(A Rewrite — published on 1/6/1980,  The Thumb Biweekly)


Nobody ever brought me flowers except Vincent.

We were calling on the farmhouses, his folks and kin.  He was on his bike, spurting forward and stopping every now and then to wait for us.  Françoise was telling me, that Philippe had taken to heart the need of a career after she came out of hospital; that she longed to have a little house in which everything grew — daffodils, cabbages, strawberries, man, child and love.  I saw in her eyes thin smoke rising from the red chimney of her little house and turned to look for mine.  It was then that Vincent tapped me from behind and handed me the flowers he picked.  The flowers withered that afternoon.

Vincent was shy the first time I met him.  He came out of his room and embraced bonjour and backed away.  I could not even make out how he looked and left him staying shy in Paris a week later.  When I returned he was easier, and brought me those flowers; and tumbled on my lap to stay in the same snapshot with me; and tried to learn a little English.  It would never cross his mind, nor could I understand why I had come all this way to find him and let him see me off in that lonely station far away from Paris.  He tried to keep pace with the train and one merciful step almost tripped him.  The train was moving fast, soon he left me behind.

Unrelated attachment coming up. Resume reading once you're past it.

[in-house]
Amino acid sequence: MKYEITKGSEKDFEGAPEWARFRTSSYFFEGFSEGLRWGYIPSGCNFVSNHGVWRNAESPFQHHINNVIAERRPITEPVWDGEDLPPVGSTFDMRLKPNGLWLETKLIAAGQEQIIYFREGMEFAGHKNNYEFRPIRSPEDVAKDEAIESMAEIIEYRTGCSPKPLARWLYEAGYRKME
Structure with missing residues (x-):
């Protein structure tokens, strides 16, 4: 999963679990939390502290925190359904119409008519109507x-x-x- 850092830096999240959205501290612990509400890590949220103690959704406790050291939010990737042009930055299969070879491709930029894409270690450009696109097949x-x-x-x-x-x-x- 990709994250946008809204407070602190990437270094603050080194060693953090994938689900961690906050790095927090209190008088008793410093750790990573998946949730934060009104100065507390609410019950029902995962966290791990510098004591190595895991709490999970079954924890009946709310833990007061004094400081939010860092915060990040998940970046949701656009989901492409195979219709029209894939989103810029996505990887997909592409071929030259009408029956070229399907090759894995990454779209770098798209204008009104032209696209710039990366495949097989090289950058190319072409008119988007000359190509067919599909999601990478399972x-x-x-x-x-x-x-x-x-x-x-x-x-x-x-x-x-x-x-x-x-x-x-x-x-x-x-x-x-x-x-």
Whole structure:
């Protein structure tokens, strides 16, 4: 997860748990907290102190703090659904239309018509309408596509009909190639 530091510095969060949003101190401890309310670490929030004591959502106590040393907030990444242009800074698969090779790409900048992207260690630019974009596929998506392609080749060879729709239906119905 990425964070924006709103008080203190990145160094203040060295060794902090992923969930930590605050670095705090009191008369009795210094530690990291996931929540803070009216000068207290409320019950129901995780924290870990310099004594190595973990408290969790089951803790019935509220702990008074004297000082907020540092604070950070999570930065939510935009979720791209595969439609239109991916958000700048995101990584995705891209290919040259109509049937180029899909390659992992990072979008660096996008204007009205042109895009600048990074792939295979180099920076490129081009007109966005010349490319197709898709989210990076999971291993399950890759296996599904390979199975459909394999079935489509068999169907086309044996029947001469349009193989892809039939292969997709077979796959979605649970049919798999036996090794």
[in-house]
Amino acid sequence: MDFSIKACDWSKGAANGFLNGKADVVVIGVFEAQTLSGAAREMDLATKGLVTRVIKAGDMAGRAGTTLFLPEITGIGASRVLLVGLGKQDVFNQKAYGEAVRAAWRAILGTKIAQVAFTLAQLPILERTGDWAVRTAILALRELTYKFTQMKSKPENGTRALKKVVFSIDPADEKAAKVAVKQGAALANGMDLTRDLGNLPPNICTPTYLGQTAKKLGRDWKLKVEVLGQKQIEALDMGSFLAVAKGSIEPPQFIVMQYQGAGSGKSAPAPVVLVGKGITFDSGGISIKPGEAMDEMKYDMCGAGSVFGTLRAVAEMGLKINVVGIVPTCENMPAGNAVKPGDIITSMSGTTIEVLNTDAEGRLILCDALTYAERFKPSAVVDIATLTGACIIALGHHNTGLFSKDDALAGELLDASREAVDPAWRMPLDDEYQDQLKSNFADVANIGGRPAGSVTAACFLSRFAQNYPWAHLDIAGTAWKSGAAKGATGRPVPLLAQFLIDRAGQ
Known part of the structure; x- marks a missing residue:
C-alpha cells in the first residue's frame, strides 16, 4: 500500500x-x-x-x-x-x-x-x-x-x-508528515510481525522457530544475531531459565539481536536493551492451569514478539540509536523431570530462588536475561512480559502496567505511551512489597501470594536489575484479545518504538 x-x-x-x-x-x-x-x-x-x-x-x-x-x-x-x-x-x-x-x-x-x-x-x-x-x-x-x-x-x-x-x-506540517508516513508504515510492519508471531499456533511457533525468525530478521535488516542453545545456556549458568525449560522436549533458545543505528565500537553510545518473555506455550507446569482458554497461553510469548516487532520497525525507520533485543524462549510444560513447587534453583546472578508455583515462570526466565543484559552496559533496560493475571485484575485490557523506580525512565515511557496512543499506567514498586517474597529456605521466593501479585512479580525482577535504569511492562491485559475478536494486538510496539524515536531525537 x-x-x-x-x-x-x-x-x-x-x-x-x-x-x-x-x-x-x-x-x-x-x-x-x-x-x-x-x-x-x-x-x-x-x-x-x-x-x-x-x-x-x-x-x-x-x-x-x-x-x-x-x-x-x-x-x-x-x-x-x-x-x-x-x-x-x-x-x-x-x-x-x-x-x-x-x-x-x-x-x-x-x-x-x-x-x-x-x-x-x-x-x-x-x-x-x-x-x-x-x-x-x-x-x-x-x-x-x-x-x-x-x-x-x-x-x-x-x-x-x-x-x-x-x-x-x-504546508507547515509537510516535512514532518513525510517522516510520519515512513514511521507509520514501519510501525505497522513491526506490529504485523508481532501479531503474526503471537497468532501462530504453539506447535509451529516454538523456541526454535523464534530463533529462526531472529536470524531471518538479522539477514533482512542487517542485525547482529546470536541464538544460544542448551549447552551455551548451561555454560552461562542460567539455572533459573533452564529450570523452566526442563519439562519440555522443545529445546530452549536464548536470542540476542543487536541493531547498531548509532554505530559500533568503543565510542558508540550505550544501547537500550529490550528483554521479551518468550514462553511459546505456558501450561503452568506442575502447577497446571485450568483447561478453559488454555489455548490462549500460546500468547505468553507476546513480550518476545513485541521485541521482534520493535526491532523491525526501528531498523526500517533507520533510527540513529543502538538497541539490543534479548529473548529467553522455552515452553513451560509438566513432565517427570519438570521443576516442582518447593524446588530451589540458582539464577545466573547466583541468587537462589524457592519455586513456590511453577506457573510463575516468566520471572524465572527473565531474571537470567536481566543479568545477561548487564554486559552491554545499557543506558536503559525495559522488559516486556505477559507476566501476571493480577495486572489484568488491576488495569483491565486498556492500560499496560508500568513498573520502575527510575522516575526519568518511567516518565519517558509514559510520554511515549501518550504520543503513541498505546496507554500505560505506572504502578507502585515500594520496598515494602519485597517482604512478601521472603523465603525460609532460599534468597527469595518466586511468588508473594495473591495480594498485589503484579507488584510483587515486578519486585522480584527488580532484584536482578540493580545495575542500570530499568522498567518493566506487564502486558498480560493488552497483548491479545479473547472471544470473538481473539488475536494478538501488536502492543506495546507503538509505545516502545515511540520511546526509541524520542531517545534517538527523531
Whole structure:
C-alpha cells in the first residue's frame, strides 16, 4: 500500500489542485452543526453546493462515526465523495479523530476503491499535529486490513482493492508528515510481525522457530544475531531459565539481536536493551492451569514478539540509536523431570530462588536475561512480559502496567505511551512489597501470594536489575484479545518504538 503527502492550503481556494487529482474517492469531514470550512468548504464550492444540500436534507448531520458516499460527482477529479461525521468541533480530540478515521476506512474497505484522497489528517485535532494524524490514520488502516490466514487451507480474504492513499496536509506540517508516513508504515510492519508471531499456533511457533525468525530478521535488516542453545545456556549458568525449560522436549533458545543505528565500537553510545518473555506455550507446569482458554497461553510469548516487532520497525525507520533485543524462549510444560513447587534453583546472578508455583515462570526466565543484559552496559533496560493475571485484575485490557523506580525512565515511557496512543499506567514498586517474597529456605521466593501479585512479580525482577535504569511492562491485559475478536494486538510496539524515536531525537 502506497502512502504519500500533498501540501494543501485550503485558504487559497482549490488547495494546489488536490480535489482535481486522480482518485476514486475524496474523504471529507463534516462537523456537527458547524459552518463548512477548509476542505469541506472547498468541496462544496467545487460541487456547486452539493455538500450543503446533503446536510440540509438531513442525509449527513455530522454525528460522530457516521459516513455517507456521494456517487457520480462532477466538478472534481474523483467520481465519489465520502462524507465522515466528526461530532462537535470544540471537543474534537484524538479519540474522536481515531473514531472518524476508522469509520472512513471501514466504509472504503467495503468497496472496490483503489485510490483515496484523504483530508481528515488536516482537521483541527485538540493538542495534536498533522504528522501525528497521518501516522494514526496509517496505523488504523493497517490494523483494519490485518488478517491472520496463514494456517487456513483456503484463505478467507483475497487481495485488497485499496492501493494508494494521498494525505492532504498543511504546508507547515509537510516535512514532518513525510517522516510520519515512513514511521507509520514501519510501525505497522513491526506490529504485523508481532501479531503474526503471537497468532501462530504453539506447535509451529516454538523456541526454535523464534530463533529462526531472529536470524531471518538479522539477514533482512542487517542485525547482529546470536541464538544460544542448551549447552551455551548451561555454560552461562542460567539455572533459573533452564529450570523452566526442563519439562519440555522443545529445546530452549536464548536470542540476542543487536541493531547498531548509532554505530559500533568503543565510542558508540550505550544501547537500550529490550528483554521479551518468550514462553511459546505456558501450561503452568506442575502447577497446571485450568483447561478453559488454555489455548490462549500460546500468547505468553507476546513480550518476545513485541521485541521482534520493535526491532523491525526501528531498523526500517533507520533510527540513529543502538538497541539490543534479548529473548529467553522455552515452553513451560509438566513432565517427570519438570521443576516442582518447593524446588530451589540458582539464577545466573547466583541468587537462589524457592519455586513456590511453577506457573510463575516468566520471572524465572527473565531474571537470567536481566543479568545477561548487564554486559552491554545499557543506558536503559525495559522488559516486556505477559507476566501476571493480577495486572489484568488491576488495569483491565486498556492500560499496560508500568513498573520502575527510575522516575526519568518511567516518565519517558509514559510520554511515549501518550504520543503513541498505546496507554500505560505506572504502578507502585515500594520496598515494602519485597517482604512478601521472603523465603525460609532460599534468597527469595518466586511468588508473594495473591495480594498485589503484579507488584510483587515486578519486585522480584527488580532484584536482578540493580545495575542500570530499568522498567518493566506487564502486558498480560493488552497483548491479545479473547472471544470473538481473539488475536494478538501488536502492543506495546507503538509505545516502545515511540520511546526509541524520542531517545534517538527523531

He would go on and forget what I remembered, memory withered — like flowers picked — and he was just eight.


(published on 1/4/1980 – The Thumb Biweekly)

When we meet again

You don’t believe me when I said —

“I’ll call.”

“Let’s do coffee.”

“I’ll be in touch.” —

I don’t believe me either.


If our paths were to cross again

In winter

The north wind blows

The muddy roads turn icy in the cold

Let’s not share any more polite exchanges

Let’s have a bear hug.


I could do with the warm embrace.


I read, I like, I share (14) : Cecelia Ahern

” Where would we be without tomorrows?  What we’d have instead would be todays.

 And if that was the case, with you, I’d hope for the longest day for today.  

I’d fill today with you, doing everything I’ve ever loved.  I’d laugh, I’d talk, I’d listen and learn, I’d love, I’d love, I’d love.  

I’d make every day today and spend them all with you, and I’d never worry about tomorrow, when I wouldn’t be with you.  

And when that dreaded tomorrow comes for us, please know that I didn’t want to leave you, or be left behind, that every single moment spent with you were the best times in my life.”

— Cecelia Ahern “How to fall in love”


Thought of the day :

Wouldn’t it be lovely if we could do this with our loved ones?   Our mums and dads, our brothers and sisters, our husbands and wives, our sons and daughters, our best friends.

Make today count.   Make our lives complete.

Homeward bound

Where’s home?

It should be a simple question, until we read too much into it.  I read too much into it.